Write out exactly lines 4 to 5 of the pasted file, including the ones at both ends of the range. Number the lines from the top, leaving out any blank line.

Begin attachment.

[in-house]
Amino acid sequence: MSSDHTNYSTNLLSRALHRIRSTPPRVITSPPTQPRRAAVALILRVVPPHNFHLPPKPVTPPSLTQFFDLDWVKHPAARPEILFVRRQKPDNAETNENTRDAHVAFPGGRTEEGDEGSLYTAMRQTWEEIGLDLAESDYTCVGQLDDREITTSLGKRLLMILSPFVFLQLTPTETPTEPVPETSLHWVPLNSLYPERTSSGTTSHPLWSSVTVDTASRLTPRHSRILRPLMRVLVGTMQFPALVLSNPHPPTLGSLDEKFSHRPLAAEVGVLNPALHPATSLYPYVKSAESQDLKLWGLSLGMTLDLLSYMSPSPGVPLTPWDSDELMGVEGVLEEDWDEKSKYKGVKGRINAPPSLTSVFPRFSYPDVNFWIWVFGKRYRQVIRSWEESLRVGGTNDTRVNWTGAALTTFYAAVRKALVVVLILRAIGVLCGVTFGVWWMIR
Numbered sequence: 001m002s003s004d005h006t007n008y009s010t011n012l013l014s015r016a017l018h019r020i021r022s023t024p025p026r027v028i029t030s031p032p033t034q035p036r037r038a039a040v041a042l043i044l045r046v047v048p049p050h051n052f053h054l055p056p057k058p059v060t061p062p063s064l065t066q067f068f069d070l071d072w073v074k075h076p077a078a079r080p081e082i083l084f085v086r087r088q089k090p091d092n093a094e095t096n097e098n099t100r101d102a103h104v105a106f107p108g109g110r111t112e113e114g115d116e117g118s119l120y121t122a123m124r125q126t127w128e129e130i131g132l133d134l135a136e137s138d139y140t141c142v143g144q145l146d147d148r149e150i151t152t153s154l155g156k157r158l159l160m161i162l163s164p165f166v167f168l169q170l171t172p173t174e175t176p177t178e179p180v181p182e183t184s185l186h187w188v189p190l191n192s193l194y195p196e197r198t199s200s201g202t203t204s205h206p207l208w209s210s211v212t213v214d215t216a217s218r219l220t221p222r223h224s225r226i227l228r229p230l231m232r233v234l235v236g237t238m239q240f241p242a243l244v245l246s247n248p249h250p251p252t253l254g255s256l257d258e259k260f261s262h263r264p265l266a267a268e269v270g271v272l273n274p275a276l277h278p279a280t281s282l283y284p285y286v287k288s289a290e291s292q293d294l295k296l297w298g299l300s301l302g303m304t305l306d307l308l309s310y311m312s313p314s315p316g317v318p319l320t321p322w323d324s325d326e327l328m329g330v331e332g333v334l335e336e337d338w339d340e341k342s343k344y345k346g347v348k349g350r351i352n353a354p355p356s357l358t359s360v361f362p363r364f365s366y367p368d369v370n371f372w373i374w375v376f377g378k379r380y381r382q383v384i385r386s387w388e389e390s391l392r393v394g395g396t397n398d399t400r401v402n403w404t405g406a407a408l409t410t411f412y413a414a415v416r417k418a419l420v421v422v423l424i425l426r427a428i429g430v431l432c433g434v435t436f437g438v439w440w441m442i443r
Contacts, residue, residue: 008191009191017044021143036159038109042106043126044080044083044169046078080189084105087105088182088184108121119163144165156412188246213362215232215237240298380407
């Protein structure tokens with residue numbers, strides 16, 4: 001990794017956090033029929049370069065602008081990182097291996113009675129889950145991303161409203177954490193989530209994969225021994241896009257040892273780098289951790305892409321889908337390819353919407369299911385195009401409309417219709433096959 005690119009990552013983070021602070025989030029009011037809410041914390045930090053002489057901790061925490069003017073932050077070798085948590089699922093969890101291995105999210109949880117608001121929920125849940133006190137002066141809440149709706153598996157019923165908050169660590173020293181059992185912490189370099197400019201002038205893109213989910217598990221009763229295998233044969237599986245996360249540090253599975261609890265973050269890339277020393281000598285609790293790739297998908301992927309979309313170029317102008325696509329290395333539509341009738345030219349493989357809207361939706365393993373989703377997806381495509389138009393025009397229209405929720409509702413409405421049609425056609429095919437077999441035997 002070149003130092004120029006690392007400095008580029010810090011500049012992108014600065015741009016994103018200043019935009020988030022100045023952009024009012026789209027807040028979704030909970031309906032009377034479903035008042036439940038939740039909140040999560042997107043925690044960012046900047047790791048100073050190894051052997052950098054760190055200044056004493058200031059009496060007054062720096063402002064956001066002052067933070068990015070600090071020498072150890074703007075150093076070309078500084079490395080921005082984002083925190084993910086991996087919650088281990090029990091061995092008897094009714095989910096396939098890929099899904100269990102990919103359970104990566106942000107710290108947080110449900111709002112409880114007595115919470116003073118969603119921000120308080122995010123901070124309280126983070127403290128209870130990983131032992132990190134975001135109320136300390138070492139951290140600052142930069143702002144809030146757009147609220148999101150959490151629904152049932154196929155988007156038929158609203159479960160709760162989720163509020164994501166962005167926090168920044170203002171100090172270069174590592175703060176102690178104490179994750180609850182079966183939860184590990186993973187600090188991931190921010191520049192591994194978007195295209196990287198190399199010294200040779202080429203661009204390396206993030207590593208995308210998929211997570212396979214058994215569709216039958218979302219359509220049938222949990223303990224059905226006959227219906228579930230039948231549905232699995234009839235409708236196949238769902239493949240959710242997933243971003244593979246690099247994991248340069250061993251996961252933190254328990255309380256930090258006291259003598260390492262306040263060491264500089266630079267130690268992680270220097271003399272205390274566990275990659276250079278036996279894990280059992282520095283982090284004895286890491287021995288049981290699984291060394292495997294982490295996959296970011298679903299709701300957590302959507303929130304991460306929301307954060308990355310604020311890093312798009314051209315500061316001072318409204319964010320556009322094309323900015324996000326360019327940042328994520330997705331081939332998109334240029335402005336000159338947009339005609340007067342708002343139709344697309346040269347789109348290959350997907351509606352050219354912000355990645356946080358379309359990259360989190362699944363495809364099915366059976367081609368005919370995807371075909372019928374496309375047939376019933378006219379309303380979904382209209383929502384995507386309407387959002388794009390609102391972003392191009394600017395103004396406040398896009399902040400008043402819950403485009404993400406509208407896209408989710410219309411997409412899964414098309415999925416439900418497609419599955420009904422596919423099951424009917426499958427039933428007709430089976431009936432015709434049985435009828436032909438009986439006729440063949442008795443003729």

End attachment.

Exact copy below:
Contacts, residue, residue: 008191009191017044021143036159038109042106043126044080044083044169046078080189084105087105088182088184108121119163144165156412188246213362215232215237240298380407
């Protein structure tokens with residue numbers, strides 16, 4: 001990794017956090033029929049370069065602008081990182097291996113009675129889950145991303161409203177954490193989530209994969225021994241896009257040892273780098289951790305892409321889908337390819353919407369299911385195009401409309417219709433096959 005690119009990552013983070021602070025989030029009011037809410041914390045930090053002489057901790061925490069003017073932050077070798085948590089699922093969890101291995105999210109949880117608001121929920125849940133006190137002066141809440149709706153598996157019923165908050169660590173020293181059992185912490189370099197400019201002038205893109213989910217598990221009763229295998233044969237599986245996360249540090253599975261609890265973050269890339277020393281000598285609790293790739297998908301992927309979309313170029317102008325696509329290395333539509341009738345030219349493989357809207361939706365393993373989703377997806381495509389138009393025009397229209405929720409509702413409405421049609425056609429095919437077999441035997 002070149003130092004120029006690392007400095008580029010810090011500049012992108014600065015741009016994103018200043019935009020988030022100045023952009024009012026789209027807040028979704030909970031309906032009377034479903035008042036439940038939740039909140040999560042997107043925690044960012046900047047790791048100073050190894051052997052950098054760190055200044056004493058200031059009496060007054062720096063402002064956001066002052067933070068990015070600090071020498072150890074703007075150093076070309078500084079490395080921005082984002083925190084993910086991996087919650088281990090029990091061995092008897094009714095989910096396939098890929099899904100269990102990919103359970104990566106942000107710290108947080110449900111709002112409880114007595115919470116003073118969603119921000120308080122995010123901070124309280126983070127403290128209870130990983131032992132990190134975001135109320136300390138070492139951290140600052142930069143702002144809030146757009147609220148999101150959490151629904152049932154196929155988007156038929158609203159479960160709760162989720163509020164994501166962005167926090168920044170203002171100090172270069174590592175703060176102690178104490179994750180609850182079966183939860184590990186993973187600090188991931190921010191520049192591994194978007195295209196990287198190399199010294200040779202080429203661009204390396206993030207590593208995308210998929211997570212396979214058994215569709216039958218979302219359509220049938222949990223303990224059905226006959227219906228579930230039948231549905232699995234009839235409708236196949238769902239493949240959710242997933243971003244593979246690099247994991248340069250061993251996961252933190254328990255309380256930090258006291259003598260390492262306040263060491264500089266630079267130690268992680270220097271003399272205390274566990275990659276250079278036996279894990280059992282520095283982090284004895286890491287021995288049981290699984291060394292495997294982490295996959296970011298679903299709701300957590302959507303929130304991460306929301307954060308990355310604020311890093312798009314051209315500061316001072318409204319964010320556009322094309323900015324996000326360019327940042328994520330997705331081939332998109334240029335402005336000159338947009339005609340007067342708002343139709344697309346040269347789109348290959350997907351509606352050219354912000355990645356946080358379309359990259360989190362699944363495809364099915366059976367081609368005919370995807371075909372019928374496309375047939376019933378006219379309303380979904382209209383929502384995507386309407387959002388794009390609102391972003392191009394600017395103004396406040398896009399902040400008043402819950403485009404993400406509208407896209408989710410219309411997409412899964414098309415999925416439900418497609419599955420009904422596919423099951424009917426499958427039933428007709430089976431009936432015709434049985435009828436032909438009986439006729440063949442008795443003729």